Resistance in Soybeans to the Southern Green Stink Bug1
- D. F. Gilman,
- R. M. McPherson,
- L. D. Newsom,
- D. C. Herzog and
- C. Williams2
The southern green stink bug [Nezara viridula (L.)] is a pest soybean [Glycine max (L.) Merr.] in many areas of the Southern U.S., particularly in Louisiana and other Gulf Coast states, as well as in other countries where soybeans are grown. To identify resistance to the southern green stink bug, 894 plant introductions and 26 cultivars of Maturity Groups V through VIII were evaluated in replicated single row field plots during 1975 to 1979 at Baton Rouge, LA. Damage ratings were made by classifying 100 seeds selected at random from each sample into four categories (none, light, medium, and severe) on the basis of visual damage.
Stink bug damage was associated with plant maturity, with earlier maturing genotypes generally having less damage than later maturing genotypes. Significant differences in stink bug damage were detected among cultivars within Maturity Group VI. There were no differences in damage among cultlvars within Groups V, VII, or VIII. However, all cultivars had in excess of 60% damage and were highly susceptible to stink bug feeding.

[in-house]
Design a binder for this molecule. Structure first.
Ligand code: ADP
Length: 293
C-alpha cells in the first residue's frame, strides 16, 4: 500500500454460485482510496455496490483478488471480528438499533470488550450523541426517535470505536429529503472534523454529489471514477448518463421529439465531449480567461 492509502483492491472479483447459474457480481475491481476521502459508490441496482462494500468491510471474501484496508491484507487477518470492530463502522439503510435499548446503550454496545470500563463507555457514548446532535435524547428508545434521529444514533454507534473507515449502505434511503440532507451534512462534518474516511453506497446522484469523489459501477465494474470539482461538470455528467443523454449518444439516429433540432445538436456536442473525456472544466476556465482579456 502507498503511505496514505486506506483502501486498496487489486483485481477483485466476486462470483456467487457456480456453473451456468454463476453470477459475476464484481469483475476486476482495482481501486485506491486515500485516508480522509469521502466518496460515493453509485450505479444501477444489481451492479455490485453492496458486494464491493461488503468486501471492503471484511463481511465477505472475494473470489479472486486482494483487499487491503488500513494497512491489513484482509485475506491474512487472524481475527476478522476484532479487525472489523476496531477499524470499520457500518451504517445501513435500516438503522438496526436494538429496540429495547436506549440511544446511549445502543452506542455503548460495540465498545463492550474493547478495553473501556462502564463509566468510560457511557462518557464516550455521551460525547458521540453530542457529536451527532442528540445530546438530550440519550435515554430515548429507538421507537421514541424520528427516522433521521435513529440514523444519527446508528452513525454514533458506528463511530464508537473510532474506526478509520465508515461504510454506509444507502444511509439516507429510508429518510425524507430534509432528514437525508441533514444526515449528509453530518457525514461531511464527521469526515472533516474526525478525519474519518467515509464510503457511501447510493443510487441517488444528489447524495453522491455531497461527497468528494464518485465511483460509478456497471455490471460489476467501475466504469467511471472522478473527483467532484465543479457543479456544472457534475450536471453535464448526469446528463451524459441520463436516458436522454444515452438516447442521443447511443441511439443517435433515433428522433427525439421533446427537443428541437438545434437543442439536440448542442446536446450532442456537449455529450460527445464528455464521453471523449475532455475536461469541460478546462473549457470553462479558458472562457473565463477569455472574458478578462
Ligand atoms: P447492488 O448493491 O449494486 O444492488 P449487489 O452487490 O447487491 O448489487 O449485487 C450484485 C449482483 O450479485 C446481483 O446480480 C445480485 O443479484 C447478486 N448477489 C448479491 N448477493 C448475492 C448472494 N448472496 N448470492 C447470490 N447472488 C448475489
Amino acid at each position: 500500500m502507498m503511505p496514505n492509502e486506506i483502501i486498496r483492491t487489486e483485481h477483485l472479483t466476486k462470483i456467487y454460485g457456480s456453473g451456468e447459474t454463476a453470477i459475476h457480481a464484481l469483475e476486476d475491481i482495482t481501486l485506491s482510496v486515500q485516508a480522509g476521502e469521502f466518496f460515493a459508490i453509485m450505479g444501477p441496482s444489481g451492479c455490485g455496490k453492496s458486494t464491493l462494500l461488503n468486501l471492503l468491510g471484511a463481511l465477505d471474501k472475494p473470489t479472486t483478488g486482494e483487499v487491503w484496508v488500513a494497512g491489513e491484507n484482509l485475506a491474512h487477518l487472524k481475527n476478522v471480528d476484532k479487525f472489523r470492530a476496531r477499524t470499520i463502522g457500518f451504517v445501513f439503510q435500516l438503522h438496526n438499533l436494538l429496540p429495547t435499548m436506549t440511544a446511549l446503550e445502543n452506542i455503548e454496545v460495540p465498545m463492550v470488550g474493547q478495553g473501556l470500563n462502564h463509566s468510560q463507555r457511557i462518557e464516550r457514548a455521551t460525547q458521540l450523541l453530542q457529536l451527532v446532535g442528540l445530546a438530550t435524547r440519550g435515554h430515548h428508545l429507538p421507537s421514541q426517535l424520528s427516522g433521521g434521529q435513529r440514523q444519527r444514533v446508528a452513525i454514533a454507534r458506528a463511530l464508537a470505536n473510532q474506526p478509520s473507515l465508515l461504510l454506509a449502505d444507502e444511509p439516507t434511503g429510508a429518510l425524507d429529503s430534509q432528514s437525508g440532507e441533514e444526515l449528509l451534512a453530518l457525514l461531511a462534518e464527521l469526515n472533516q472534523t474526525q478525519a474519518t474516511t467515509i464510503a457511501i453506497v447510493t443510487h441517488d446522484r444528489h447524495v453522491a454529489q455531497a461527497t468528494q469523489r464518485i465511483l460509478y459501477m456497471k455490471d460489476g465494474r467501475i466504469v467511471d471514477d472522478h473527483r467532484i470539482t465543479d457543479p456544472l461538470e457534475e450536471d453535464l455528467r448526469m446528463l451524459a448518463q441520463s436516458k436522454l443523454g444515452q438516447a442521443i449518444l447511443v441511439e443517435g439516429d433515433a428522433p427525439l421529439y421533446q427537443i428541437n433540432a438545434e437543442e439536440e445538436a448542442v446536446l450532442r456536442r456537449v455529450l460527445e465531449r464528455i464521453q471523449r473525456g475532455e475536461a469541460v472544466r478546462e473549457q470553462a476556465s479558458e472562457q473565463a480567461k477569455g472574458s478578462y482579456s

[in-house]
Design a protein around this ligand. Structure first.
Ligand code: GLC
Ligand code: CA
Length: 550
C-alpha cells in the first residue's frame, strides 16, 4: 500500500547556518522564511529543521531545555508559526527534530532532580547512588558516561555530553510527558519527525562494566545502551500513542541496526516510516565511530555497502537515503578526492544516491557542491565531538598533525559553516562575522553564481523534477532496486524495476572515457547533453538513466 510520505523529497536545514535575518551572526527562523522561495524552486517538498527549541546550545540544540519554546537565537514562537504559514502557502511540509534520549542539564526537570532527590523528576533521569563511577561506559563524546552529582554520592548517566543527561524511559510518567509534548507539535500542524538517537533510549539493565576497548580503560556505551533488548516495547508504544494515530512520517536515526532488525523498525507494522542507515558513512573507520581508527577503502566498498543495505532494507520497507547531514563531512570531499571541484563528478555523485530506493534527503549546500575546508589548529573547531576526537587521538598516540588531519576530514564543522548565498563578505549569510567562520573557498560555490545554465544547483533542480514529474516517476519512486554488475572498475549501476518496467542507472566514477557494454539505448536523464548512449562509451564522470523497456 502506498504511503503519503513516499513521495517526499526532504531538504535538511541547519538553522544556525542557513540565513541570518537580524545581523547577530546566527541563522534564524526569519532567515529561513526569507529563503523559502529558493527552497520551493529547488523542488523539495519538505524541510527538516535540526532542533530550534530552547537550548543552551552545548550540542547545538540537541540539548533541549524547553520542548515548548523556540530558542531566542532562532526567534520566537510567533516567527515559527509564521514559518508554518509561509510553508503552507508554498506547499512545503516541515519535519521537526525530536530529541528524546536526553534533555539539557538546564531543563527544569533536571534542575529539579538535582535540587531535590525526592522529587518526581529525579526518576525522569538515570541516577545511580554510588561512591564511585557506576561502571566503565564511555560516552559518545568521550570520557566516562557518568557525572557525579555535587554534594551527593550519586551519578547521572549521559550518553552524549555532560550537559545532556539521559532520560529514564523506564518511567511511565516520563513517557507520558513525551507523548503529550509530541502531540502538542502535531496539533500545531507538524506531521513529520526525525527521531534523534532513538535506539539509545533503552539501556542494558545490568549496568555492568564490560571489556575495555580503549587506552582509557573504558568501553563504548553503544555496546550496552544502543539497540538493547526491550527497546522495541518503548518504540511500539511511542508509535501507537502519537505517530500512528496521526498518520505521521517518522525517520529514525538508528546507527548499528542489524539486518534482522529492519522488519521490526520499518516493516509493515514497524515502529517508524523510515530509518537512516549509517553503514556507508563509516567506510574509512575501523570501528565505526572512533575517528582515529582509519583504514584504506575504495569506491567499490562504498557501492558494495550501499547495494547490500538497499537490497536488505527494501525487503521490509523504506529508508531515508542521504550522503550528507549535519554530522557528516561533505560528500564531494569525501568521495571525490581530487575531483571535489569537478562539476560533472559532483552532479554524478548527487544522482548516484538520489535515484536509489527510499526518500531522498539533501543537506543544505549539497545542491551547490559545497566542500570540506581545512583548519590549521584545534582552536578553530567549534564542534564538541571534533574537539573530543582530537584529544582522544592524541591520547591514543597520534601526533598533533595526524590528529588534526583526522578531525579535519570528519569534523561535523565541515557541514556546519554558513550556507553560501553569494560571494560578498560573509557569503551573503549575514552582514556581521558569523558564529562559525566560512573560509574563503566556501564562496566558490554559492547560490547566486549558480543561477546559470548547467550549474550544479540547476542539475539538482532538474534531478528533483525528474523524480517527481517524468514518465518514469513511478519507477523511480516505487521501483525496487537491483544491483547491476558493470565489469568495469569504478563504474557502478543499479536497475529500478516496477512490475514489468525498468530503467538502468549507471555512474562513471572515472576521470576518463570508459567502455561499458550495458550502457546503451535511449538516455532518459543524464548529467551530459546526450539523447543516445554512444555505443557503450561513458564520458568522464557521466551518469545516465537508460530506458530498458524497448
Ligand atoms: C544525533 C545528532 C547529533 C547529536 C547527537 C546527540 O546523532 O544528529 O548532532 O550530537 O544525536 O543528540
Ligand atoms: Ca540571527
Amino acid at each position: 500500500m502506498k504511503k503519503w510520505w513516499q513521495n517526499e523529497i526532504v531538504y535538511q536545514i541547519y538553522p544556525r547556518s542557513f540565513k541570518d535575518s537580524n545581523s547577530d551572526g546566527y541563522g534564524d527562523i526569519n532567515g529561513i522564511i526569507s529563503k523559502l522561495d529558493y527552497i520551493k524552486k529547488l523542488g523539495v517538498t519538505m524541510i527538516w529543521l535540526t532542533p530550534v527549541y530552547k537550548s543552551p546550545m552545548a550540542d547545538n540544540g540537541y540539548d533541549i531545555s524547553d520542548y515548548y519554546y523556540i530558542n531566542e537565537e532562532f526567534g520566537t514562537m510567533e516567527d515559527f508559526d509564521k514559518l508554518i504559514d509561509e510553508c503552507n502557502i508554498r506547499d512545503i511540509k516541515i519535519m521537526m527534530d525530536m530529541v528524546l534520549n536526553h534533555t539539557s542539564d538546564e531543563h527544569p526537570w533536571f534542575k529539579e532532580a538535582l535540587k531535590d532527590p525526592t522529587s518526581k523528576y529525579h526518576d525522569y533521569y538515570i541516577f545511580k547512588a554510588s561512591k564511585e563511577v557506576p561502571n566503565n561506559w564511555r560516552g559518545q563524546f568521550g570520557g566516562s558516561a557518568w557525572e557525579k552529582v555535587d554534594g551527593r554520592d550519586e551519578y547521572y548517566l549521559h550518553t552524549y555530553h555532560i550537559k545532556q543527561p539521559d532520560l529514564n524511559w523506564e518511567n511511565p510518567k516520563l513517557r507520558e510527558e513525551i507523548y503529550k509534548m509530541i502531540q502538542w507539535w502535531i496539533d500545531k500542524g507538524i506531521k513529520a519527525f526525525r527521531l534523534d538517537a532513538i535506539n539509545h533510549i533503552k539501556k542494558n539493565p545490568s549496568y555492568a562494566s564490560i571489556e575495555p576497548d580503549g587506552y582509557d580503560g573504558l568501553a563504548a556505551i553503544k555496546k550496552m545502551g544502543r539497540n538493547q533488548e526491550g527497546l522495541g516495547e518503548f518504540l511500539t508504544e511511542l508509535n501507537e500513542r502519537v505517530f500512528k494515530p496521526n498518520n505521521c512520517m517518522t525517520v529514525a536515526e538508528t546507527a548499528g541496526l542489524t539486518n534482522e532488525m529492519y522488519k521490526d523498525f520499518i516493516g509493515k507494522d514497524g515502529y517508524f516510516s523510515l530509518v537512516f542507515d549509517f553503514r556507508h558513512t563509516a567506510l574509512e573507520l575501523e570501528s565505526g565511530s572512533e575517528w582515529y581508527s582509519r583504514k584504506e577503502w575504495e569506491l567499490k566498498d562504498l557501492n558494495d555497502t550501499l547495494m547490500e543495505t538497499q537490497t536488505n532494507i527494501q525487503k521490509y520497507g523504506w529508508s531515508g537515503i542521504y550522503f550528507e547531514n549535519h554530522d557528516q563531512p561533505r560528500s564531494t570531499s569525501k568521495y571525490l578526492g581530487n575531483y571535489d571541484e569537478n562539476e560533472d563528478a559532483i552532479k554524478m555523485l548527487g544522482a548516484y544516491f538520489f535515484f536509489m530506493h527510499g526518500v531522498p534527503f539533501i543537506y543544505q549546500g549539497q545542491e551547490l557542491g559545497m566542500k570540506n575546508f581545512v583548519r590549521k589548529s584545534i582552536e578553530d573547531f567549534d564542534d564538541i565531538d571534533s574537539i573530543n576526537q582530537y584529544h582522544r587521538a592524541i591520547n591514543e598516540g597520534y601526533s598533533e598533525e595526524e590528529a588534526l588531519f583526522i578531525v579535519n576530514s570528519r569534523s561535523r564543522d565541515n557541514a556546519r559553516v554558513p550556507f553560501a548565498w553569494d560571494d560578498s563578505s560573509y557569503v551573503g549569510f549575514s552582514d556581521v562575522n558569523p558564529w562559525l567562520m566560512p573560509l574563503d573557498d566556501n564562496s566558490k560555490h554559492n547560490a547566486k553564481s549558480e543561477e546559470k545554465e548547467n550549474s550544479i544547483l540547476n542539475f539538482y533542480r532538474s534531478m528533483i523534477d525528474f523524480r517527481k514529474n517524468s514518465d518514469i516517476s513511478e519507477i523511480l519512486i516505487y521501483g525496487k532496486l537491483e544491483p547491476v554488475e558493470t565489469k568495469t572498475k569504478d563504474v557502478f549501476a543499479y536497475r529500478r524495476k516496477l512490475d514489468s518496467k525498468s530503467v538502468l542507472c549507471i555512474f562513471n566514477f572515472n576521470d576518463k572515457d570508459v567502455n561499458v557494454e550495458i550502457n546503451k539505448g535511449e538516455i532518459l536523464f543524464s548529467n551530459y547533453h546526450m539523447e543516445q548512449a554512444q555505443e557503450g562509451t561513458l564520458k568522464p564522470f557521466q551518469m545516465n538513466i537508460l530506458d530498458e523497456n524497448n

Highly significant differences in damage were obtained among plant introductions. Of the 894 strains evaluated, 67 had significantly less damage than the most resistant cultivar of similar maturity, and appeared to have resistance. These strains were from fairly diverse geographical locations and may represent different sources of resistance. There were no differences in damage among the more resistant strains within Maturity Groups V, VII, or VIII. However, the Group VI strain PI 171444 had significantly less damage than the other more resistant Group VI strains. This strain had the lowest stink bug damage rating in the test during all years, and appeared to have a high level of southern green stink bug resistance.Please view the pdf by using the Full Text (PDF) link under 'View' to the left.
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